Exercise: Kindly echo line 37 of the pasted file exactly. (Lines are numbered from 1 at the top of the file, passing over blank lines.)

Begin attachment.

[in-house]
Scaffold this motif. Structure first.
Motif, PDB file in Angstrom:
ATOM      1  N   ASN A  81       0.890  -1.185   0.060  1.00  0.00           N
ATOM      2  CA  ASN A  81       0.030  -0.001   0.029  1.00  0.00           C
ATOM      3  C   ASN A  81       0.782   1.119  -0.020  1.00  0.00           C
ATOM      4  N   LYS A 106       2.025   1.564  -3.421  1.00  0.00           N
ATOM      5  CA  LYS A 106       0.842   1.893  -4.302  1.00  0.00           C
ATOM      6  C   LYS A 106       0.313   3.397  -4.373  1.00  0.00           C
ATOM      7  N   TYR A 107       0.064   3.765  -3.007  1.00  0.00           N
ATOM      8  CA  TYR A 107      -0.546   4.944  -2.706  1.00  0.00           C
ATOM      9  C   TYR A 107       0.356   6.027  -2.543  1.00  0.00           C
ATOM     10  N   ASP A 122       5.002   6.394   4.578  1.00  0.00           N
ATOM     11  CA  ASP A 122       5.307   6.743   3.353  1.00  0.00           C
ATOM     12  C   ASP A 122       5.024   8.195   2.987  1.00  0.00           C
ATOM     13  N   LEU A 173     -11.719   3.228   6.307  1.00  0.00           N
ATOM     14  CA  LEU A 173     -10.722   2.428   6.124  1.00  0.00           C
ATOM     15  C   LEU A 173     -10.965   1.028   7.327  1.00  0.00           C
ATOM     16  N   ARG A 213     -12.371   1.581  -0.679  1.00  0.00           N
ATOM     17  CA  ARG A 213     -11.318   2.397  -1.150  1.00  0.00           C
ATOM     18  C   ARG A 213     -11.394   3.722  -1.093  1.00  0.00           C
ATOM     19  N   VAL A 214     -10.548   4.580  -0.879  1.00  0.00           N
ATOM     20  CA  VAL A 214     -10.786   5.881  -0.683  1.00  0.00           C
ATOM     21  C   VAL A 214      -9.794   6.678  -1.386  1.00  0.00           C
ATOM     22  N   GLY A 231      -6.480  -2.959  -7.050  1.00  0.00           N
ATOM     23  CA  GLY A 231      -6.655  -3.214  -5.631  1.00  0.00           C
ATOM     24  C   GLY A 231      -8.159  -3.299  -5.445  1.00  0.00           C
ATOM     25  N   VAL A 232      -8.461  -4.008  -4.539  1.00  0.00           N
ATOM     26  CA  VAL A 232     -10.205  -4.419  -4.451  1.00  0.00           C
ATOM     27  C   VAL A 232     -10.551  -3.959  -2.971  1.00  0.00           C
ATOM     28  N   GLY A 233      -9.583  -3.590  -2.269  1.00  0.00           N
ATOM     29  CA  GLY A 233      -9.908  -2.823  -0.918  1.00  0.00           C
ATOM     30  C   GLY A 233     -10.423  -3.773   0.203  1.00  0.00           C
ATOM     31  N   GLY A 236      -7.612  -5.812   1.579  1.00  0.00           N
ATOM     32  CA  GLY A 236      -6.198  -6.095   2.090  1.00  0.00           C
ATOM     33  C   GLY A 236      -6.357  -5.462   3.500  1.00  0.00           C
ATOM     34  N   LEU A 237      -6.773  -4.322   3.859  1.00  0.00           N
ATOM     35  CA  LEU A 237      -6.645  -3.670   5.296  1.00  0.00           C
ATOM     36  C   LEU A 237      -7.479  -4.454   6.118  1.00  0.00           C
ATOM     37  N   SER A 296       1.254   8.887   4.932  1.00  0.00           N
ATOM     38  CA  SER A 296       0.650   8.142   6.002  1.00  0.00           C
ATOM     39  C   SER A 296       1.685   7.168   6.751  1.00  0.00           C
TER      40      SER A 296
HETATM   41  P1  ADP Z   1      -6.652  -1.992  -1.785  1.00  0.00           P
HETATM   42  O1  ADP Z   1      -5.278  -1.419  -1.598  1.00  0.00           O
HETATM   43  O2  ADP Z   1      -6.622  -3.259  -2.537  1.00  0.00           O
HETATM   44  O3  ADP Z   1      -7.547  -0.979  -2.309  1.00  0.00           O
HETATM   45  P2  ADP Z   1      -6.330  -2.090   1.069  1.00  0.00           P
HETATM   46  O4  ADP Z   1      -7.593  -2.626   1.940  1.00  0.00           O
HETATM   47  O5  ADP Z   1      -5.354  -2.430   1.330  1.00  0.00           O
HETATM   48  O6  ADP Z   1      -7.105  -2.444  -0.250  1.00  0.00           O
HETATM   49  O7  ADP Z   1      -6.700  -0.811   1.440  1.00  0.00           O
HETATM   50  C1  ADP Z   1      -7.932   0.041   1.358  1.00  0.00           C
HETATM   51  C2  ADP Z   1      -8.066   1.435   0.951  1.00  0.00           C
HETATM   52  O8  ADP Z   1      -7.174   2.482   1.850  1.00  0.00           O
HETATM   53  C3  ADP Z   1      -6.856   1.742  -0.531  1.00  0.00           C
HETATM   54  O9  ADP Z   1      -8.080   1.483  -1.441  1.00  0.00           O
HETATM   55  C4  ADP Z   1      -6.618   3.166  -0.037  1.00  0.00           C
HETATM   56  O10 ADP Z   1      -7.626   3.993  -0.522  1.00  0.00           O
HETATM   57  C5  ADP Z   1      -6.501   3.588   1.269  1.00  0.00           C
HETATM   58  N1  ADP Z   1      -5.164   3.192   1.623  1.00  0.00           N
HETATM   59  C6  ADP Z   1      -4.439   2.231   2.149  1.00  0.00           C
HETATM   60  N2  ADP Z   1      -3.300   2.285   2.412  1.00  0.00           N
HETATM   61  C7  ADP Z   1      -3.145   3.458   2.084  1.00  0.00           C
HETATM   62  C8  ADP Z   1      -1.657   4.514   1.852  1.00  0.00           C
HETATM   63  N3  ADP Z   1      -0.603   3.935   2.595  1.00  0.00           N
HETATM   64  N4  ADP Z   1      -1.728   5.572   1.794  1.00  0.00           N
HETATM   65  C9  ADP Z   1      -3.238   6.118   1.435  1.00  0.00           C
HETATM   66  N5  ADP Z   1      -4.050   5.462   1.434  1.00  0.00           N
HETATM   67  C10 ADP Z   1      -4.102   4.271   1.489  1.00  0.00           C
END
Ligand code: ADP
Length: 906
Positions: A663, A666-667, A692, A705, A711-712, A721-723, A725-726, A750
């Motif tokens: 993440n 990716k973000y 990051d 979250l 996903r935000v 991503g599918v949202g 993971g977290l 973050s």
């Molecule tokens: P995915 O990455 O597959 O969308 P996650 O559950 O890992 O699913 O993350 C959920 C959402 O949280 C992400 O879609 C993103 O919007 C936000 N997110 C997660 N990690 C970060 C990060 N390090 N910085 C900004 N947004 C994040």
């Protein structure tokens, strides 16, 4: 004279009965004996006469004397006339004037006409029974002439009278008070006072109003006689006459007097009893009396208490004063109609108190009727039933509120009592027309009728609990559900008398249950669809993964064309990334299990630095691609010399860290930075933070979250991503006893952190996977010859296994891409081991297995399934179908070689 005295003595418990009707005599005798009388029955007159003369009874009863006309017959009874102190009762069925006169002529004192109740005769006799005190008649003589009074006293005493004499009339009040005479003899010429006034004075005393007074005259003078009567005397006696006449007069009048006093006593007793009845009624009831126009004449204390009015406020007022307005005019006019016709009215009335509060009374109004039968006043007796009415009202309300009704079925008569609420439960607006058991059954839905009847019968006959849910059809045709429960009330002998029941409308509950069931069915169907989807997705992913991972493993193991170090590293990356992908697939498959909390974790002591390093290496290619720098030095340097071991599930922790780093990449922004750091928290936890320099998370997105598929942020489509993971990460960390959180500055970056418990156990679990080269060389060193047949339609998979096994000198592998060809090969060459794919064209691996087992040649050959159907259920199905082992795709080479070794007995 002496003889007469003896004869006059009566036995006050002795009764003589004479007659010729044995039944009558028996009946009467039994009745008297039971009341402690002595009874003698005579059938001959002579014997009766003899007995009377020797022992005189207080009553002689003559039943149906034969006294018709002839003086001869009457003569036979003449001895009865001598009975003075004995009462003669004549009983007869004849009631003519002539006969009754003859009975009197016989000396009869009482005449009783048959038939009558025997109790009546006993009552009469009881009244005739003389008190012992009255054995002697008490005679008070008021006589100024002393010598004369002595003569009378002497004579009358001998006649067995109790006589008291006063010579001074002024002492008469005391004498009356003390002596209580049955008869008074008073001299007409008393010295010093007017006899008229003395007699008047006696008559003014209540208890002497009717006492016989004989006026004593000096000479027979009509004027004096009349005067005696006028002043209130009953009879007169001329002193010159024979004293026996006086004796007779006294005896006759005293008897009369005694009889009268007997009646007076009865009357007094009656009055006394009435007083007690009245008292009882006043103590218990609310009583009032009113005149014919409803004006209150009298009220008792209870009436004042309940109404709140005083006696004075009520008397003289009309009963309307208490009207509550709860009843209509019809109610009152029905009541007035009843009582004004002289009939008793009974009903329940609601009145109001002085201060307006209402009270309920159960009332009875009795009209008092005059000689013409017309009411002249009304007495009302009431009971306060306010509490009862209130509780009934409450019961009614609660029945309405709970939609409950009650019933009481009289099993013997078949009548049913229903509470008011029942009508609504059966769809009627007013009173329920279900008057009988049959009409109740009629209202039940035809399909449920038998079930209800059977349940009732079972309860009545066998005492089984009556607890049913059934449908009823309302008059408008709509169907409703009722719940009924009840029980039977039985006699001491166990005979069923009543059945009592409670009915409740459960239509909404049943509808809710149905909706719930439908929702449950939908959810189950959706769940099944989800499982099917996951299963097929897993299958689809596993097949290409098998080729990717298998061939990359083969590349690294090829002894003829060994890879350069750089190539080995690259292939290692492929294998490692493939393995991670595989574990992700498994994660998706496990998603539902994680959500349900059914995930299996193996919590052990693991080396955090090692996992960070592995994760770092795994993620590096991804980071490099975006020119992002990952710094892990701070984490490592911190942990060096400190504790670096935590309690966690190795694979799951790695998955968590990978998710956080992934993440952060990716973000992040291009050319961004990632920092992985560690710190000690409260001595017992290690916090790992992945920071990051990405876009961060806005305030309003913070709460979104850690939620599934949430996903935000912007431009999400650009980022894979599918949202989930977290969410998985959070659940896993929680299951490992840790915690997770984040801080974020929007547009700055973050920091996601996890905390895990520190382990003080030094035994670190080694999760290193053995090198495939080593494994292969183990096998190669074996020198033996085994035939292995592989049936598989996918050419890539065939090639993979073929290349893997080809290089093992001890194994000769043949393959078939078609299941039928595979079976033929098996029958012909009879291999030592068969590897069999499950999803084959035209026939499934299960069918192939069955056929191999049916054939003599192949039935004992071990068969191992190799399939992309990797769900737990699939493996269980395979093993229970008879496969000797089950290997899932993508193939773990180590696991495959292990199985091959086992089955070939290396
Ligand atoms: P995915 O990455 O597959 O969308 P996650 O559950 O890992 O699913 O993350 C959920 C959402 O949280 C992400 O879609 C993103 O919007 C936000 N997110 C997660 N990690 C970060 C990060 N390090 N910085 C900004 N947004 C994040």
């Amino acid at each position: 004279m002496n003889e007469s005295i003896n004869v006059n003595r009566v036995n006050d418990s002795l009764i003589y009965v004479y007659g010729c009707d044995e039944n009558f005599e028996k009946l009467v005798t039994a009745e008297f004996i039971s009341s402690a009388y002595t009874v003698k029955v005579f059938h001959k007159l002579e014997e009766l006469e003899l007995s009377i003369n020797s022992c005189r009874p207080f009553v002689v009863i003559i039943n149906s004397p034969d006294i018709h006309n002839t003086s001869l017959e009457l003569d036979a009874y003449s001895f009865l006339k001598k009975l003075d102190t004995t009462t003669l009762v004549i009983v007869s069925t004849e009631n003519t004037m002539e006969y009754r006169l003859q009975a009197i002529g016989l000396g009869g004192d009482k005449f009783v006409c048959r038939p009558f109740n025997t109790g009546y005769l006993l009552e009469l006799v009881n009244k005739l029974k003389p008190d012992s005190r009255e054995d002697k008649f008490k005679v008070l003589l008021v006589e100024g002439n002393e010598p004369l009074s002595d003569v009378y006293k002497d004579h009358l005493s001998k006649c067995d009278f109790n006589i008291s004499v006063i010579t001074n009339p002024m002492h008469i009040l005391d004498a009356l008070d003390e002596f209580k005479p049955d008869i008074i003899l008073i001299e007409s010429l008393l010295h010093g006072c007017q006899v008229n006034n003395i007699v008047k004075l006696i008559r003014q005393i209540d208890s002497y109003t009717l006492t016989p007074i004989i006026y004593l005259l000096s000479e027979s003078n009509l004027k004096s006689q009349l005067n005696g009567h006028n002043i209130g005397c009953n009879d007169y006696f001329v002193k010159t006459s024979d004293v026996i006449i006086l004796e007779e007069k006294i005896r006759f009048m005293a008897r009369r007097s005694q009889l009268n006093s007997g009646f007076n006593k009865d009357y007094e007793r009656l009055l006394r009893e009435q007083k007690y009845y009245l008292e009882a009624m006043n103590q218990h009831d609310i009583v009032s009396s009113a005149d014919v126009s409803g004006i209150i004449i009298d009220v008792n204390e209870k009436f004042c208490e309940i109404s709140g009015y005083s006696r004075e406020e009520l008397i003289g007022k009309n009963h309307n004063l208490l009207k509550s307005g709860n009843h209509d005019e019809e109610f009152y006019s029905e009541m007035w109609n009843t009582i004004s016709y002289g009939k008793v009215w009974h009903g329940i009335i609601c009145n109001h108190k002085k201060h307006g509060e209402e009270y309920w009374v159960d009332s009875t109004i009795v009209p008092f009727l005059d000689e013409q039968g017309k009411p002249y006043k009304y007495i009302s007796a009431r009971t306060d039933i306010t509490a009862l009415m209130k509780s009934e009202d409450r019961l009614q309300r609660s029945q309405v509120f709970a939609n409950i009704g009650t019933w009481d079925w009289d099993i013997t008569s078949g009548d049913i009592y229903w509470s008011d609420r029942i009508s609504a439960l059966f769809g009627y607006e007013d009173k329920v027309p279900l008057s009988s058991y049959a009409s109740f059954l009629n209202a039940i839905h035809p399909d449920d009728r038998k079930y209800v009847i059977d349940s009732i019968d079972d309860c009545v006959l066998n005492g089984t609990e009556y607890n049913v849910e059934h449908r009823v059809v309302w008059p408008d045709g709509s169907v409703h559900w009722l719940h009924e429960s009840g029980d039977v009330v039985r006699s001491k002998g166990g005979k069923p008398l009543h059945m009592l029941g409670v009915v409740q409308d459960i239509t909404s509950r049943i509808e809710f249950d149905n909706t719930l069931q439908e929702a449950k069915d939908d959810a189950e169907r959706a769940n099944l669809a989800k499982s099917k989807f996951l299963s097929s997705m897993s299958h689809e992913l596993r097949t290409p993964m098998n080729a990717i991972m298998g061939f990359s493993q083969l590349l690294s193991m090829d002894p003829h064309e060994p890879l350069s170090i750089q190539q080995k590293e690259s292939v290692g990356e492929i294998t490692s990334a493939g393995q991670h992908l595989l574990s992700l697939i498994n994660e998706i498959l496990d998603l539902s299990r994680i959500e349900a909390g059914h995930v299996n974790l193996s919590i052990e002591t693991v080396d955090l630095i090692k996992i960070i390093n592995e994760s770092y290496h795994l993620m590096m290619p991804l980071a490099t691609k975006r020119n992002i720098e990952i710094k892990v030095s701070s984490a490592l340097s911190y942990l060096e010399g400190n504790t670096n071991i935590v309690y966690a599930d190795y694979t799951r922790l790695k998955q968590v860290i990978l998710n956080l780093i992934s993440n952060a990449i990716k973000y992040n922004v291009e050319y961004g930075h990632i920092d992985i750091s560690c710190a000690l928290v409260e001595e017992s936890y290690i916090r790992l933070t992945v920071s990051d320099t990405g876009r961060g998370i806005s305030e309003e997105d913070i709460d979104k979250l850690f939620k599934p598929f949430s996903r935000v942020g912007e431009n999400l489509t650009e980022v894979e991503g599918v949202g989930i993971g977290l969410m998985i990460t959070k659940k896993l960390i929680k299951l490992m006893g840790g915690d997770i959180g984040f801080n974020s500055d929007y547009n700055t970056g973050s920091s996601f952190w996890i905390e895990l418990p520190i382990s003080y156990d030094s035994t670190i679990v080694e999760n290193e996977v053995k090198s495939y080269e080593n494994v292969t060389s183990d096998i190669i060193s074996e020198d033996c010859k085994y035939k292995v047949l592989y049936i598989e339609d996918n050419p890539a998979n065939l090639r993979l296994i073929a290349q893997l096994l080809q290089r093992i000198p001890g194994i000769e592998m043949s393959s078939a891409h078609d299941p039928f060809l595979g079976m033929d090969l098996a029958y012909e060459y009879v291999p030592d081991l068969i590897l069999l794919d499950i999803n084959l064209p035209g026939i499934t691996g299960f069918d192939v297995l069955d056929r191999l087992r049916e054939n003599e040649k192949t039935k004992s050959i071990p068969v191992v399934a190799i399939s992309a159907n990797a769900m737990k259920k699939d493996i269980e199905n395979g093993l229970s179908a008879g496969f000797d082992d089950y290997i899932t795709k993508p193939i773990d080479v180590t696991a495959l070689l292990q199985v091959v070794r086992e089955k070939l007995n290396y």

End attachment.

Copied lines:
ATOM     34  N   LEU A 237      -6.773  -4.322   3.859  1.00  0.00           N